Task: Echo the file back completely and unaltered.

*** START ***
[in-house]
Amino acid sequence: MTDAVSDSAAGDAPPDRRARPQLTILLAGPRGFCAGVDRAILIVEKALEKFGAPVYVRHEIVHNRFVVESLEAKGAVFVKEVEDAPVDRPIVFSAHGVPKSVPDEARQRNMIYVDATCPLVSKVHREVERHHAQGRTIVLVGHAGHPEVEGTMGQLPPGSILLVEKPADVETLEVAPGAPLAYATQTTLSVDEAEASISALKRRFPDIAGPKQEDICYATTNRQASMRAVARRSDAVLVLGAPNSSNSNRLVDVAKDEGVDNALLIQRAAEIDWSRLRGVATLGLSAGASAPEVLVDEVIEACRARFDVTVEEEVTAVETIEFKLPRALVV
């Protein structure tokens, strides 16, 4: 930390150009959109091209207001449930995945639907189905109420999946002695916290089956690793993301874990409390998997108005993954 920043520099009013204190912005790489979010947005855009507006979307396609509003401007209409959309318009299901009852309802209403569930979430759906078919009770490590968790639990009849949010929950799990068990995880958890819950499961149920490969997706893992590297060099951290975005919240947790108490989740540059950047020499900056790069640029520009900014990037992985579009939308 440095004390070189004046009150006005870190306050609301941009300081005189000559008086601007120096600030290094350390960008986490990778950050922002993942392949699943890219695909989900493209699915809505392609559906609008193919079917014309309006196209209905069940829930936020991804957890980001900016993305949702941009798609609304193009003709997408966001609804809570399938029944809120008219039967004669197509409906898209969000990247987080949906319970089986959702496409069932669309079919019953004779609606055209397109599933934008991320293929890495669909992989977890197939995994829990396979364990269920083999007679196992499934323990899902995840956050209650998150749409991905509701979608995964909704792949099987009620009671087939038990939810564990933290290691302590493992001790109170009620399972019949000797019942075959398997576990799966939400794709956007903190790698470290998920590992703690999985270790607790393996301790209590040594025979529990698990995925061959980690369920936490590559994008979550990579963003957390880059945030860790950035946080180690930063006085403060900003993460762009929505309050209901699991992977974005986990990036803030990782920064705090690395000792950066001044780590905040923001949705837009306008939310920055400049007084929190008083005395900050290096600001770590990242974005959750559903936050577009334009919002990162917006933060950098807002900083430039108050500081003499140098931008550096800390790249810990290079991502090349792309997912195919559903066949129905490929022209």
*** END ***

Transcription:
[in-house]
Amino acid sequence: MTDAVSDSAAGDAPPDRRARPQLTILLAGPRGFCAGVDRAILIVEKALEKFGAPVYVRHEIVHNRFVVESLEAKGAVFVKEVEDAPVDRPIVFSAHGVPKSVPDEARQRNMIYVDATCPLVSKVHREVERHHAQGRTIVLVGHAGHPEVEGTMGQLPPGSILLVEKPADVETLEVAPGAPLAYATQTTLSVDEAEASISALKRRFPDIAGPKQEDICYATTNRQASMRAVARRSDAVLVLGAPNSSNSNRLVDVAKDEGVDNALLIQRAAEIDWSRLRGVATLGLSAGASAPEVLVDEVIEACRARFDVTVEEEVTAVETIEFKLPRALVV
């Protein structure tokens, strides 16, 4: 930390150009959109091209207001449930995945639907189905109420999946002695916290089956690793993301874990409390998997108005993954 920043520099009013204190912005790489979010947005855009507006979307396609509003401007209409959309318009299901009852309802209403569930979430759906078919009770490590968790639990009849949010929950799990068990995880958890819950499961149920490969997706893992590297060099951290975005919240947790108490989740540059950047020499900056790069640029520009900014990037992985579009939308 440095004390070189004046009150006005870190306050609301941009300081005189000559008086601007120096600030290094350390960008986490990778950050922002993942392949699943890219695909989900493209699915809505392609559906609008193919079917014309309006196209209905069940829930936020991804957890980001900016993305949702941009798609609304193009003709997408966001609804809570399938029944809120008219039967004669197509409906898209969000990247987080949906319970089986959702496409069932669309079919019953004779609606055209397109599933934008991320293929890495669909992989977890197939995994829990396979364990269920083999007679196992499934323990899902995840956050209650998150749409991905509701979608995964909704792949099987009620009671087939038990939810564990933290290691302590493992001790109170009620399972019949000797019942075959398997576990799966939400794709956007903190790698470290998920590992703690999985270790607790393996301790209590040594025979529990698990995925061959980690369920936490590559994008979550990579963003957390880059945030860790950035946080180690930063006085403060900003993460762009929505309050209901699991992977974005986990990036803030990782920064705090690395000792950066001044780590905040923001949705837009306008939310920055400049007084929190008083005395900050290096600001770590990242974005959750559903936050577009334009919002990162917006933060950098807002900083430039108050500081003499140098931008550096800390790249810990290079991502090349792309997912195919559903066949129905490929022209």